Getting a decent view of the works of art while visiting the Palace of Versailles is an exercise in futility. Try standing back in the Palace to gain an appreciation of a six-metre-long tapestry without a bunch of noisy school kids or intrepid tourists getting in the way.
Well, it was possible, but not at the Palace of Versailles. Instead, it was in Canberra, Australia, that you could get the best view. That’s right. The grandeur of the Palace of Versailles came to Canberra at the National Gallery of Australia, at least temporarily, in 2017.
For the first time, more than 130 treasures, including royal paintings, intricate tapestries, luxurious gilded furniture and objects from the famous Hall of Mirrors, travelled from France to entice visitors into a world of power, passion and luxury through this significant exhibition.
“Every object tells a story evoking the lives, loves, tastes and ideas of the kings, queens, mistresses and courtiers who lived at Versailles through so many great moments in French history,” NGA director Gerard Vaughan said.
This grand tapestry is by far the largest work made for the interior of the Palace of Versailles, measuring a massive six metres long. Part of a series of wall hangings made for the monarchy by the great Gobelins workshop, it includes incredible detail depicting important events in the life of the King.
This bust of Louis XIV is a significant work of art. Aside from its great value, it depicts the face of the King responsible for the largest Palace ever built. To place this into perspective, Buckingham Palace would fit into the grounds of Versailles many times over. It was the grandest of visions realised by the power-hungry Louis XIV, who referred to himself as the Sun King.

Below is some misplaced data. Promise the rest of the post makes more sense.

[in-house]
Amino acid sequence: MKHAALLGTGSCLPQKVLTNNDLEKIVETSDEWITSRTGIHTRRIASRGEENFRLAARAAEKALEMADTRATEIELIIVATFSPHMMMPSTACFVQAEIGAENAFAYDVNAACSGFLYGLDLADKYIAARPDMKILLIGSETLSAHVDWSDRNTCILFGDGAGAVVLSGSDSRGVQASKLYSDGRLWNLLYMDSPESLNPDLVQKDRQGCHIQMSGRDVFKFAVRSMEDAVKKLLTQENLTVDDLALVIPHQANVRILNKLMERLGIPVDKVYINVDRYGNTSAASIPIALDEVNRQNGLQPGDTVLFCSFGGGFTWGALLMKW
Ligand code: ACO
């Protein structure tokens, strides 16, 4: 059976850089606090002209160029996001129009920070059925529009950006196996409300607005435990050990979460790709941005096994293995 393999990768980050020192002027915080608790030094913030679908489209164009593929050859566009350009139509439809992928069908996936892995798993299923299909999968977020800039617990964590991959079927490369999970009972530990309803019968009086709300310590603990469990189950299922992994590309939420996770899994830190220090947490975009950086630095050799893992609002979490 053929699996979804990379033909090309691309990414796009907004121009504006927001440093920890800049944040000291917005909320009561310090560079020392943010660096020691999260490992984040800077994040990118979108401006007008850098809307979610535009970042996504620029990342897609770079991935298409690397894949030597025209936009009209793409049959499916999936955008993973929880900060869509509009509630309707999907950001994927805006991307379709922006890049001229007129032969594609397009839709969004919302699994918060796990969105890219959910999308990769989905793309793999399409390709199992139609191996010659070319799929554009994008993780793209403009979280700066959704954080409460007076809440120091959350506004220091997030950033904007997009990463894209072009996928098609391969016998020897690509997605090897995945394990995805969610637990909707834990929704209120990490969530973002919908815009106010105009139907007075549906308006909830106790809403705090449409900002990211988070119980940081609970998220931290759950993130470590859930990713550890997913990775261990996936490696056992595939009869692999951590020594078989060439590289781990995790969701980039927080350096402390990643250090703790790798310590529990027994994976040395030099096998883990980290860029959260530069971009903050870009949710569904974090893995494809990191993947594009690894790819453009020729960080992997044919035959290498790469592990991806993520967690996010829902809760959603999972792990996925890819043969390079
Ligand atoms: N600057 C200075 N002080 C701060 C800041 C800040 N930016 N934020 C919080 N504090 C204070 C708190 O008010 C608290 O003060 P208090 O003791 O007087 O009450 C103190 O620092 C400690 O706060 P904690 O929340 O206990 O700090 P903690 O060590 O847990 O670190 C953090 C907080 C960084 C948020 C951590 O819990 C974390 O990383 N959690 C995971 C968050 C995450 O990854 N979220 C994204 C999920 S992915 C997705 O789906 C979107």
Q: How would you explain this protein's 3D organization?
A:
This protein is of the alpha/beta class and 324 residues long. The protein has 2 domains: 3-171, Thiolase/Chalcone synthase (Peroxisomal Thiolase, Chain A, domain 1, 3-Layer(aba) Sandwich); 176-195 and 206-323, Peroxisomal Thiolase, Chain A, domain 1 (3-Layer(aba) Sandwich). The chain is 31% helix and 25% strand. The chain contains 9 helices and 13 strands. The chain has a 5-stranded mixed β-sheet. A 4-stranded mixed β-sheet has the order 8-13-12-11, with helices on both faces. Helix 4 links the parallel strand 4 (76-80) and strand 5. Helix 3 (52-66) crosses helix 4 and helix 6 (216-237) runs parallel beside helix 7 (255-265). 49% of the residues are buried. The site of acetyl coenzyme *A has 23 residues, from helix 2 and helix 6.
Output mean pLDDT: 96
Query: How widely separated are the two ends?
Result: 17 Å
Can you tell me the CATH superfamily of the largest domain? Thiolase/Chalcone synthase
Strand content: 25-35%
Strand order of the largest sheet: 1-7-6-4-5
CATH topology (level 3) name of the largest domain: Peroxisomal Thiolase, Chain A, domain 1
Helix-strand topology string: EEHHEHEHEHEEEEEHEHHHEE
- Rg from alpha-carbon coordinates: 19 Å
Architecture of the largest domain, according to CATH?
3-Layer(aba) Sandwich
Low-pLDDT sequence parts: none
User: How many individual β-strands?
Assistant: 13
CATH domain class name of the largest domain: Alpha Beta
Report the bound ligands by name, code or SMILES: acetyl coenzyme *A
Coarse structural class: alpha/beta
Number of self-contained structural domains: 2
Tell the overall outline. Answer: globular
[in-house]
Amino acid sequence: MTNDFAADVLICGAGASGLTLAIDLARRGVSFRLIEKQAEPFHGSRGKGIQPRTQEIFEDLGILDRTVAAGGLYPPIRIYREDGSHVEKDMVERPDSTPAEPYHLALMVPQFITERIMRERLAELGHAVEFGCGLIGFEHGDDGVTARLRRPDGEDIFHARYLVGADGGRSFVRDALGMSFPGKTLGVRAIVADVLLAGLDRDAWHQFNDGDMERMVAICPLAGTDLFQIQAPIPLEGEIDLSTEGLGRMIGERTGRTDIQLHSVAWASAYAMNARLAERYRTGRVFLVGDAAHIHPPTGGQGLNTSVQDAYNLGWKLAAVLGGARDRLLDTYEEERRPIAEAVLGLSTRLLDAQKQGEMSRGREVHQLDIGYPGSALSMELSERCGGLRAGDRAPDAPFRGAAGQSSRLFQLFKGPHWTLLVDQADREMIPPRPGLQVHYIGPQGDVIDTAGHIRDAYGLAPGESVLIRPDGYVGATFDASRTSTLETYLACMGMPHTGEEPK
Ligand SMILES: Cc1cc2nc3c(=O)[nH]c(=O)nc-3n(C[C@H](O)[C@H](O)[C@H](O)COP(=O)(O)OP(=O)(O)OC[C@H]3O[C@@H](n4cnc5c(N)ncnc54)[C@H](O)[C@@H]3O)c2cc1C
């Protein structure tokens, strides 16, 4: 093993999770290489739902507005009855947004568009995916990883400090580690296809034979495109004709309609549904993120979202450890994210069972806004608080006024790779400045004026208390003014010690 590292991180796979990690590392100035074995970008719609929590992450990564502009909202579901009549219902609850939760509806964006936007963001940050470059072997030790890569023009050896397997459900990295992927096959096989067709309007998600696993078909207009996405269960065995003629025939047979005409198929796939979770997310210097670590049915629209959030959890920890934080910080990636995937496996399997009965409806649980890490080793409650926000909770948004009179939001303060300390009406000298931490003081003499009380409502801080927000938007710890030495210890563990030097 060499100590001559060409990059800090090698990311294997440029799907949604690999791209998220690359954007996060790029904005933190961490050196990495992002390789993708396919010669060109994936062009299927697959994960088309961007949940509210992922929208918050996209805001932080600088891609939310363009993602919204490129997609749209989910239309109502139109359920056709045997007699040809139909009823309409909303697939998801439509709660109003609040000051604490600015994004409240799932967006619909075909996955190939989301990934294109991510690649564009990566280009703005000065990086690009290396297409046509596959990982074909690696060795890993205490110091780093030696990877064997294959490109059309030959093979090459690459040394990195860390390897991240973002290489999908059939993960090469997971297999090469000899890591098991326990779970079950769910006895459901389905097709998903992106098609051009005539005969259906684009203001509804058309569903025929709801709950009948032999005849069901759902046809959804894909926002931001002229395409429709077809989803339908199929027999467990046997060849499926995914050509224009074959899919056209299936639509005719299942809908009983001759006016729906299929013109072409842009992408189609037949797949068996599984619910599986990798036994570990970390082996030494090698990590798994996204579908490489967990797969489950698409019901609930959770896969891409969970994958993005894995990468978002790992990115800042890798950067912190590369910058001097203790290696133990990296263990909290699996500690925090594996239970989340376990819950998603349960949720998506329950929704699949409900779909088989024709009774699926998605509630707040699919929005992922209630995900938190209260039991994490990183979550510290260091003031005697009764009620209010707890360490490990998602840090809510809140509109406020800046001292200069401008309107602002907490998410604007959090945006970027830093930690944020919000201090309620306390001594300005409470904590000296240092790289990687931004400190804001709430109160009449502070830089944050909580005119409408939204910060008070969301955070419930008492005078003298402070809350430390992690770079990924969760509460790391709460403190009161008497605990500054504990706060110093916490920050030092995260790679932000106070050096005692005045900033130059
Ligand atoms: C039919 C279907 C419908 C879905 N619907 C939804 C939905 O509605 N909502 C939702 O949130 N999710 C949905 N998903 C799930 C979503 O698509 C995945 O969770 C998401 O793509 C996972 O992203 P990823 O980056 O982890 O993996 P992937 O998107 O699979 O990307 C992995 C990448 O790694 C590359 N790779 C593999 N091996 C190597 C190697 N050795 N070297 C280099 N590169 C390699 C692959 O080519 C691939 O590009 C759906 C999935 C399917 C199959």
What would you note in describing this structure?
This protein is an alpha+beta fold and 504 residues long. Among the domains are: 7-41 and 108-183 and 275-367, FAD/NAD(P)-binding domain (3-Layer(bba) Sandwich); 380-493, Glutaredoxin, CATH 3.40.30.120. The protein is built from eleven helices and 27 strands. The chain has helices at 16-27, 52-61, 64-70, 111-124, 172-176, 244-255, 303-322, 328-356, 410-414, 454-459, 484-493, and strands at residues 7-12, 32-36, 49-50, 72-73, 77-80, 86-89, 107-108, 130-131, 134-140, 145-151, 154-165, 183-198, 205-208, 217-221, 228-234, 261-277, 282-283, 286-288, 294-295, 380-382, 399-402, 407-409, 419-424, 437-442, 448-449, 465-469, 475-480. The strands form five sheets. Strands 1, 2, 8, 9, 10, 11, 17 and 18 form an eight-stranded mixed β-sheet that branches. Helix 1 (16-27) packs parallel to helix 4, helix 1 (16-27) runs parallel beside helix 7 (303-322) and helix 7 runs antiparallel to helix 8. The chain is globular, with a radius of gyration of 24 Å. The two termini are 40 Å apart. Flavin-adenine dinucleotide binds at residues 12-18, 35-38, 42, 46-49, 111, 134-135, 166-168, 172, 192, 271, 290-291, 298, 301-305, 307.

This magnificent statue of Latona and her children was the centrepiece of one of the central fountains in the formal gardens at the Palace of Versailles. A specialised freight plane transported the entire 1.5-tonne statue to Australia in three pieces. A Versailles restorer reassembled the pieces in Canberra using a mixture of the same marble dust to make the joins invisible. Don’t think that the Latona Fountain in the Versailles Gardens was now missing its famous statue. A copy in 1980 replaced the fountain you see today at Versailles.
Marie-Antoinette is synonymous with the opulence of Versailles. The luxury of her fashion, possessions and lifestyle knew no bounds. The Queen commissioned several portraits of herself but was never satisfied with them until she found a painter who she felt could accurately capture her likeness. This formal portrait by Élisabeth Louise Vigée Le Brun catches the youthfulness, grace and radiance of the 22-year-old Queen.
And as if to remind Australians how close they came to being a French colony, the exhibition included a painting by Nicolas-André Monsiau (1754-1837). The painting depicts Louis XVI instructing Jean-François de Galaup, Count of La Pérouse, to lead an expedition into the Pacific and chart new territories. La Perouse left Brest in 1785 and arrived off Botany Bay, Australia, in January 1788. However, Captain Arthur Phillip and the First Fleet were already there establishing a settlement. The French stayed at Botany Bay for six weeks and built a stockade, observatory and garden for fresh produce on what is now known as the La Perouse peninsula.
Contrary to popular belief, the French did not have orders to claim Terra Australis for France. The arrival of the French ships and their meeting with the British expedition was friendly and cordial. La Perouse subsequently sent his journals and letters to Europe with the British ship Sirius. After six weeks at Botany Bay, La Perouse departed for New Caledonia in March 1788. Unfortunately, La Perouse never returned to France, with the French ships wrecked off the Solomon Islands. Their remains were only discovered many years later, in the 1820s.
To create an immersive and unforgettable experience, the National Gallery of Australia worked exclusively with the master perfumer, Francis Kurkdjian, to scent the foyer of the exhibition space with a fragrance inspired by Louis XIV.
For Versailles tragics, like Ricki and I, this exhibition was an oasis in the desert. At last, we could get up close and personal with the Palace of Versailles and linger as long as we liked without being pushed along by the next tour group.